Senior political science lecturer at University of Ghana, Legon, Prof Ransfotd Gyampo

Senior Political Science Lecturer at University of Ghana, Professor Ransford Gyampo, has cautioned Members of Parliament and political party leaders to desist from visiting registration and electoral centres.

According to him, the visits may cause provocations, which will lead to clashes, if two opposing party leaders and their loyalists show up at one centre at the same time.

“What are you going to do at the registration centres? Don’t you have agents and security officials there? Let them work,” Prof Gyampo said on JoyNews’ Newsfile, Saturday.

He stated that it is not within the power of political party leaders to solve issues at the centres especially when there are security agencies and EC officials present.

If MPs and party leaders are interested in touring centres, they should only visit with their security details instead of loyalists whose actions may cause a fight, the Political Science lecturer added.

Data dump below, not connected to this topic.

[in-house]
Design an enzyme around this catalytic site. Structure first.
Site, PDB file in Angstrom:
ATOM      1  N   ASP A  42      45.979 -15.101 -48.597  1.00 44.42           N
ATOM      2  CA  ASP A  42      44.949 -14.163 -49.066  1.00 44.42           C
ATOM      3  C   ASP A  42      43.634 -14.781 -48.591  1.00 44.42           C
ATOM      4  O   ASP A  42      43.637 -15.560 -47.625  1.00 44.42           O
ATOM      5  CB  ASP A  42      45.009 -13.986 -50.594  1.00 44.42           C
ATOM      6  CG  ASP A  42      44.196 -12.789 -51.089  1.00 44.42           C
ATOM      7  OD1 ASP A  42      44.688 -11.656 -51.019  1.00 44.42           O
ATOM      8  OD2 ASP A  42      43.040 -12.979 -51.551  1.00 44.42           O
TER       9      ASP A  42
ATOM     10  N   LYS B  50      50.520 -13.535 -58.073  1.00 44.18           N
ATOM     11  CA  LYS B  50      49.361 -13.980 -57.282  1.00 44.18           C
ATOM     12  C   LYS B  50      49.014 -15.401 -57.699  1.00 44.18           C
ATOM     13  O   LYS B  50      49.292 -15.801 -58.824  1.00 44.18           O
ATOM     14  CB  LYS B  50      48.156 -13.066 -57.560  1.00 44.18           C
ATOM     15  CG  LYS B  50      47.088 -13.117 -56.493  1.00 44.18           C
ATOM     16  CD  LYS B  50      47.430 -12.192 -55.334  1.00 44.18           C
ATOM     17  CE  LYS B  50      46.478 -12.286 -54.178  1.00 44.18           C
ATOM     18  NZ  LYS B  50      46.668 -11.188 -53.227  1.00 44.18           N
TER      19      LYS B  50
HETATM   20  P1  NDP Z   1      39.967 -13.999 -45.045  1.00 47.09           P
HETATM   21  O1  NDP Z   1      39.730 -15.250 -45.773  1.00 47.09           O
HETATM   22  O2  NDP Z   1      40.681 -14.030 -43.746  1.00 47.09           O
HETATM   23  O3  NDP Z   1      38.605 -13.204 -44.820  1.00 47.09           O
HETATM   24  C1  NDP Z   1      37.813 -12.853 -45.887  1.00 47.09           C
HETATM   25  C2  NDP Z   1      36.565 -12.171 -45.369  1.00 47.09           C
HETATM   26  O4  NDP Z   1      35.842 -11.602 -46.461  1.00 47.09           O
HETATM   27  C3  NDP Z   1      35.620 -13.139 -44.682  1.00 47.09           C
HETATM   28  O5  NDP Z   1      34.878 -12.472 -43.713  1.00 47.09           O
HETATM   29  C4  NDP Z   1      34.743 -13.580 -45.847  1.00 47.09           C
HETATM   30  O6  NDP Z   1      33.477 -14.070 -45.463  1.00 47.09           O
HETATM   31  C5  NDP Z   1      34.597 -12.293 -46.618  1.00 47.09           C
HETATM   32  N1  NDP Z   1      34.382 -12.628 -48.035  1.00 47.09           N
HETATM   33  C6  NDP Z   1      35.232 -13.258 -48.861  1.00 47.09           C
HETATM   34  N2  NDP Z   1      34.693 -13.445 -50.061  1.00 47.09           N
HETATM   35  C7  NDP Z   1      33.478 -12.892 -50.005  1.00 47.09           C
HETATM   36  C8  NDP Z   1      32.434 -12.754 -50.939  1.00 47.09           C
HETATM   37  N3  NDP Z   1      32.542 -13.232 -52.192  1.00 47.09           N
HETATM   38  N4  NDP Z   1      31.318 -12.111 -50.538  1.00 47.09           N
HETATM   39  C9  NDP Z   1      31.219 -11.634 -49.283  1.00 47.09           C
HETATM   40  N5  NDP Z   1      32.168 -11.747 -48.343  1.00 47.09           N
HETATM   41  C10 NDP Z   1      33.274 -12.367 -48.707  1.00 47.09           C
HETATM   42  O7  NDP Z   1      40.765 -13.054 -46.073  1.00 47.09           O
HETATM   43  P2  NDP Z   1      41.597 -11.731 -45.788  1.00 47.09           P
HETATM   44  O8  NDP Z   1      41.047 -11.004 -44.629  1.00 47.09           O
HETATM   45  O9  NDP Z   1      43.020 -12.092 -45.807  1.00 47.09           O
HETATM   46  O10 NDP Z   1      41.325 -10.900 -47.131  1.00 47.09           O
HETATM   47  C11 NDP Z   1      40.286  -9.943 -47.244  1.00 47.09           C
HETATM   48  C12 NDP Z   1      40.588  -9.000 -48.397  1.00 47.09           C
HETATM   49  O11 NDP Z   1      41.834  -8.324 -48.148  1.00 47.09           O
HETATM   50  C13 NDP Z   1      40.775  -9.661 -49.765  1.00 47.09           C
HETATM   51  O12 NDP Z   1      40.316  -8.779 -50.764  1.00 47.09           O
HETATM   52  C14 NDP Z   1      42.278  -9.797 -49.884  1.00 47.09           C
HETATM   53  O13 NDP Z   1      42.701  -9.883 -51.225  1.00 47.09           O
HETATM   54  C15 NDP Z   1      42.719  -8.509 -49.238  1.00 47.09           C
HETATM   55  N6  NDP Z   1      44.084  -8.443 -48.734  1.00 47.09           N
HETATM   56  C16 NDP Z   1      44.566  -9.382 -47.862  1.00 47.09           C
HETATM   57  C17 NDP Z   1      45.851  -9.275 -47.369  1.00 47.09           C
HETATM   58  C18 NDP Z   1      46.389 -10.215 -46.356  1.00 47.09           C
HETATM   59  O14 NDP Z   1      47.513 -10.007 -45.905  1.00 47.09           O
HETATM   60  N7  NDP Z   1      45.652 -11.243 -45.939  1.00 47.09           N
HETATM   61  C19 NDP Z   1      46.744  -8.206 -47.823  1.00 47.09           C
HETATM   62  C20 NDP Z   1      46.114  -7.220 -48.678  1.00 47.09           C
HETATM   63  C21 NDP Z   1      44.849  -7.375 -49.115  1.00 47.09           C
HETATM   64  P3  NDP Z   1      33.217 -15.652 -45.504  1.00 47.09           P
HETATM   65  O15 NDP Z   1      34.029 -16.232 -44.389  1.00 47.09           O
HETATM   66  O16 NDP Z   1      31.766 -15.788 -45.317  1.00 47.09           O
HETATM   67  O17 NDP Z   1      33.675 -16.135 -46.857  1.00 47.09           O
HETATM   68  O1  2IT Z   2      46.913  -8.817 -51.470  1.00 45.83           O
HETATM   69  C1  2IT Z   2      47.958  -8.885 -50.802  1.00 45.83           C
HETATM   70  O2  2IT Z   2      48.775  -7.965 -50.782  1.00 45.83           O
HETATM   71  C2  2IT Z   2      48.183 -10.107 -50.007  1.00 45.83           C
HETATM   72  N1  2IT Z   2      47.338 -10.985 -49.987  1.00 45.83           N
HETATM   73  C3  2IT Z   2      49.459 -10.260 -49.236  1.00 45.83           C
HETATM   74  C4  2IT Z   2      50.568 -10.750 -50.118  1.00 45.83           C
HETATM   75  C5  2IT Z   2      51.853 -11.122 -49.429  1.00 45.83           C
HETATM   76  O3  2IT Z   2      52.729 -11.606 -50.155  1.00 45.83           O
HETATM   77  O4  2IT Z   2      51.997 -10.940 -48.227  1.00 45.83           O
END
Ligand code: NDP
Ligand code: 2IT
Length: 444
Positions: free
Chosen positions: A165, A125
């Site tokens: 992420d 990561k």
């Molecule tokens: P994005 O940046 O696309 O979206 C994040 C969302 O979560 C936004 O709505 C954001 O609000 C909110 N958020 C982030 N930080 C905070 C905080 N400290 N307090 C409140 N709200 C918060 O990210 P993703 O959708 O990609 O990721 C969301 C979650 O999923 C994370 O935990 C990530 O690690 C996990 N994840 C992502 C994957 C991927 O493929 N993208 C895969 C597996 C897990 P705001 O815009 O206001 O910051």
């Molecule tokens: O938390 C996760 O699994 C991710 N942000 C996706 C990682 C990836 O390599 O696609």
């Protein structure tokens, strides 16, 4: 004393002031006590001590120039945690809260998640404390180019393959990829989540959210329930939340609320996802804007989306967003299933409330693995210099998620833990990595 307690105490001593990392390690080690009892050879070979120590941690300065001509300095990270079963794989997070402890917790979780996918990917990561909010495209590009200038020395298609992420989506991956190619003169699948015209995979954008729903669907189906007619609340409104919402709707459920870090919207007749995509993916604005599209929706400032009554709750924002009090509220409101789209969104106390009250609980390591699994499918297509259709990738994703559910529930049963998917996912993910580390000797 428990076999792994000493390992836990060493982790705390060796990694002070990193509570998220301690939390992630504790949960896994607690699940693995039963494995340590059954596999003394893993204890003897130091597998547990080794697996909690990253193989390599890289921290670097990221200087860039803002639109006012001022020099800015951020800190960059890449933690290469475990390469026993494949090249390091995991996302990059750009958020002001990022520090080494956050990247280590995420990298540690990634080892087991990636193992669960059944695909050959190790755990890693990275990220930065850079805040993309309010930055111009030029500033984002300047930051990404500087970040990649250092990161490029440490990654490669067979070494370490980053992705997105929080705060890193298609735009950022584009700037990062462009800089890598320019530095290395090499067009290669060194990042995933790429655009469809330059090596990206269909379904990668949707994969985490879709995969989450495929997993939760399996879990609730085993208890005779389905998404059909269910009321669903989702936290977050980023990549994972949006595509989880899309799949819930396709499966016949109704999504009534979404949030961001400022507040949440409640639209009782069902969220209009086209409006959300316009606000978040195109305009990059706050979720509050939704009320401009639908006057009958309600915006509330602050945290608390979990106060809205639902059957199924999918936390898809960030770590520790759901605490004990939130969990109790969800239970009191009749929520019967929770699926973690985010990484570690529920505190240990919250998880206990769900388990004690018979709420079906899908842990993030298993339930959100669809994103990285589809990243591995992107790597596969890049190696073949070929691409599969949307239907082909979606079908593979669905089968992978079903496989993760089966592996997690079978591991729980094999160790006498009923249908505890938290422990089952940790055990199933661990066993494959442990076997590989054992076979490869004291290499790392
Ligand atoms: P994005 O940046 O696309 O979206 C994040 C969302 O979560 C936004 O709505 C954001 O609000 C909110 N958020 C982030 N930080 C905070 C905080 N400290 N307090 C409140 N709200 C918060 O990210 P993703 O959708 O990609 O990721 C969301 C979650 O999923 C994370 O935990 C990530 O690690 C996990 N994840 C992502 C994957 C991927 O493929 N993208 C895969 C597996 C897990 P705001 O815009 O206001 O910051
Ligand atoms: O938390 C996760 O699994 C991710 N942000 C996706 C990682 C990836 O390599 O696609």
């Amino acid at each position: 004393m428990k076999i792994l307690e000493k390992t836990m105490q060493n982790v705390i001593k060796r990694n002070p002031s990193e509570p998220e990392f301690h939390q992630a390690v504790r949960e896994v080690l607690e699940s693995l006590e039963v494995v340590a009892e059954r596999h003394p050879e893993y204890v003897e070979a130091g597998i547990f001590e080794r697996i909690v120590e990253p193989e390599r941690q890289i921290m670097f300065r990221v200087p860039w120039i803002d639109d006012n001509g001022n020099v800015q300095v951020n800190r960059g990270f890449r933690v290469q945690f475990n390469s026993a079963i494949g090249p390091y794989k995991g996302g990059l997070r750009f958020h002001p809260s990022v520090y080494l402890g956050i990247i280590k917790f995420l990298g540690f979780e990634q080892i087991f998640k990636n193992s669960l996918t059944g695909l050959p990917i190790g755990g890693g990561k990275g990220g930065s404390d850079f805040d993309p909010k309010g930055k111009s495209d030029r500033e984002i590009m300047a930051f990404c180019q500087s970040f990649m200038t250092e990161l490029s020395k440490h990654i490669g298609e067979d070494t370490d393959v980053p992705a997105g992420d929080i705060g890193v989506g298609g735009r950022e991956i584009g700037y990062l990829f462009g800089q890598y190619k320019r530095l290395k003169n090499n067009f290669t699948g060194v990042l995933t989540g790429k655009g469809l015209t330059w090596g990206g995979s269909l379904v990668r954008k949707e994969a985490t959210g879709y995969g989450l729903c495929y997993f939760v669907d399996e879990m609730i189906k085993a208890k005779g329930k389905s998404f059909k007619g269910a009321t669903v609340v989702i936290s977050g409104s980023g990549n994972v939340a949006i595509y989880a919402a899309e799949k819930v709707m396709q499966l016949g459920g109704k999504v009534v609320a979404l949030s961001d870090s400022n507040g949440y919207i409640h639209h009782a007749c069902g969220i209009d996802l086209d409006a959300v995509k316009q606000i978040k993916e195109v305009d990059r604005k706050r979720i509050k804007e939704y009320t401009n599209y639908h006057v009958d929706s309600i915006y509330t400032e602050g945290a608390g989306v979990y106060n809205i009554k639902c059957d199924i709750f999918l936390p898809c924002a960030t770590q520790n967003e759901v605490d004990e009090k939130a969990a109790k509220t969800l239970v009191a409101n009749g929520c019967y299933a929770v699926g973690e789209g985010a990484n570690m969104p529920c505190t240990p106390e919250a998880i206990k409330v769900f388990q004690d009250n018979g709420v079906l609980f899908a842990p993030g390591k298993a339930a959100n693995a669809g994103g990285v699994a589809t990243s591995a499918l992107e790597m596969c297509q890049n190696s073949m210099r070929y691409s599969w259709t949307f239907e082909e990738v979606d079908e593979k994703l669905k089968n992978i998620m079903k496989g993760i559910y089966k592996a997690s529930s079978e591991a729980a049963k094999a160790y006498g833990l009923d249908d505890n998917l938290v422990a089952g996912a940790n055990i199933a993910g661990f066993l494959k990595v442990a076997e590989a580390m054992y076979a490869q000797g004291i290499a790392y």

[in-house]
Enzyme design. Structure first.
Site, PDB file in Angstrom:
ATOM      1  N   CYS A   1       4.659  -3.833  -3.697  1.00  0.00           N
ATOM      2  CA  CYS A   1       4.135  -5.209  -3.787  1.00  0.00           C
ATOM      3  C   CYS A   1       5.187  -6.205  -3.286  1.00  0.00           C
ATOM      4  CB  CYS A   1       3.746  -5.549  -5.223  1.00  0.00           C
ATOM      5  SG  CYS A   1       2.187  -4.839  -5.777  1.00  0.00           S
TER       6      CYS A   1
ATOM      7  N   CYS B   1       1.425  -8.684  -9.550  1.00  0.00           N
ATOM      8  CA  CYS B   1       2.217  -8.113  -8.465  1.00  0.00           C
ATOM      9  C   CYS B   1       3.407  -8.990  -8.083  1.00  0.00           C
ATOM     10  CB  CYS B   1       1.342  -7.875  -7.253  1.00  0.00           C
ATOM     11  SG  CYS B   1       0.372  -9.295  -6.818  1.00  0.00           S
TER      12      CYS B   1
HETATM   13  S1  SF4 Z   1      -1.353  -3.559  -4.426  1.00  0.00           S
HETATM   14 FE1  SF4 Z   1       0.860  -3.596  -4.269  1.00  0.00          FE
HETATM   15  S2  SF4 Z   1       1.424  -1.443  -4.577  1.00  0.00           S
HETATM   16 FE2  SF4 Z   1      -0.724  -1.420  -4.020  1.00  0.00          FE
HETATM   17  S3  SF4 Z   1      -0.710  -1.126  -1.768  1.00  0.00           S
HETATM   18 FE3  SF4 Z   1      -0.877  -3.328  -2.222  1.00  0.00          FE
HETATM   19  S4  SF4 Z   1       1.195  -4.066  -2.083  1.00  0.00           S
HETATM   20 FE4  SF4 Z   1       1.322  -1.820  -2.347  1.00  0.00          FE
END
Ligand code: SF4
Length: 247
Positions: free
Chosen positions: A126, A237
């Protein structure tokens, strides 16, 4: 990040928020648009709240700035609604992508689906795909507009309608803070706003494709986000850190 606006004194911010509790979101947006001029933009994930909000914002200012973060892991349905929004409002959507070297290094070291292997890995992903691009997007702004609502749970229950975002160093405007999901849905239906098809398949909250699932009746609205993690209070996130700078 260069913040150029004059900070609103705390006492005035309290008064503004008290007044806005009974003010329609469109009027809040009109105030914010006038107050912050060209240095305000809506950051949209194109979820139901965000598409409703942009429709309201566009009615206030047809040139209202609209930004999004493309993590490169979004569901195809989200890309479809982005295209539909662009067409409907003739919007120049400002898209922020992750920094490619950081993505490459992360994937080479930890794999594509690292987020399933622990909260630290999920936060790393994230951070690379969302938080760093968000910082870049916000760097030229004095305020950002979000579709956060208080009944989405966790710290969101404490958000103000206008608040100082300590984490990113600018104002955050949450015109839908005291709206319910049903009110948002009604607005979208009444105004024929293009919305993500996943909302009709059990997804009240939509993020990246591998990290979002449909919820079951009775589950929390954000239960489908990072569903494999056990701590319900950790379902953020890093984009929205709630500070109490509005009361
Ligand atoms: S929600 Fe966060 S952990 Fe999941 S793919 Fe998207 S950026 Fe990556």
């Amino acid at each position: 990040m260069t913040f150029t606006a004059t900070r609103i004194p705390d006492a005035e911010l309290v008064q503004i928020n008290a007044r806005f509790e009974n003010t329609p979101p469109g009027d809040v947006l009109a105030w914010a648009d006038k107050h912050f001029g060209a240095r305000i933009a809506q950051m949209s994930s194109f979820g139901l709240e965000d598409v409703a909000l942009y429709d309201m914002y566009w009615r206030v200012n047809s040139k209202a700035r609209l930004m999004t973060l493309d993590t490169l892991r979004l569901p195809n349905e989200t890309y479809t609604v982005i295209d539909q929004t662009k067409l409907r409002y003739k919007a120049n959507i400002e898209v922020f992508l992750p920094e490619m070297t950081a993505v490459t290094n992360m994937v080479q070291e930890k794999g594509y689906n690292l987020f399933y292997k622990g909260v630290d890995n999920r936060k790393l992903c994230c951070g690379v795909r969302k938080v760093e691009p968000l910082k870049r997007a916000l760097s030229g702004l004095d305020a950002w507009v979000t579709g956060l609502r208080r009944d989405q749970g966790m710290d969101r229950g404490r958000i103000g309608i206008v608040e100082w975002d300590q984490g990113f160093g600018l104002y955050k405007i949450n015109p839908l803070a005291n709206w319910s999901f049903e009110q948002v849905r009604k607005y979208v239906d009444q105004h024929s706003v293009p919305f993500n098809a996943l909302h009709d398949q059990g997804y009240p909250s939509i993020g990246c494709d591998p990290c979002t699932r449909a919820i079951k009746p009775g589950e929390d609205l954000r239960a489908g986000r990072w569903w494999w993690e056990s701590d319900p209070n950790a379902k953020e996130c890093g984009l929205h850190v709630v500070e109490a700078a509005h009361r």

His comments come after the Member of Parliament for the Awutu Senya East Constituency, Hawa Koomson, admitted to firing a gun at a voters’ registration centre in the constituency on Monday, July 20.

The Special Development Initiatives Minister told JoyNews that she only fired the shots when her life was threatened by some thugs alleged to be affiliated to the opposition NDC.

She was subsequently arrested and her gun and its license were seized by the Central Regional Police Command.

Prof Gyampo said that Hawa Koomson’s actions show she had very little trust in the security agencies at the centre to handle any mishap.

Hence, ahead of the 2020 general elections, it is important that short term measures like discouraging MPs from touring electoral centres are implemented, he stated.

He added that party leaders can recruit and train the right people to oversee the processes at the centres to prevent them from touring the electoral centres themselves.

Prof Gyampo stated that it is also important the leaders trust the security agencies to carry out their responsibilities.

“On a longer-term, I think that acts of thuggery that surround our electoral processes will not stop unless we do something proactive to depoliticise the security services of the land.”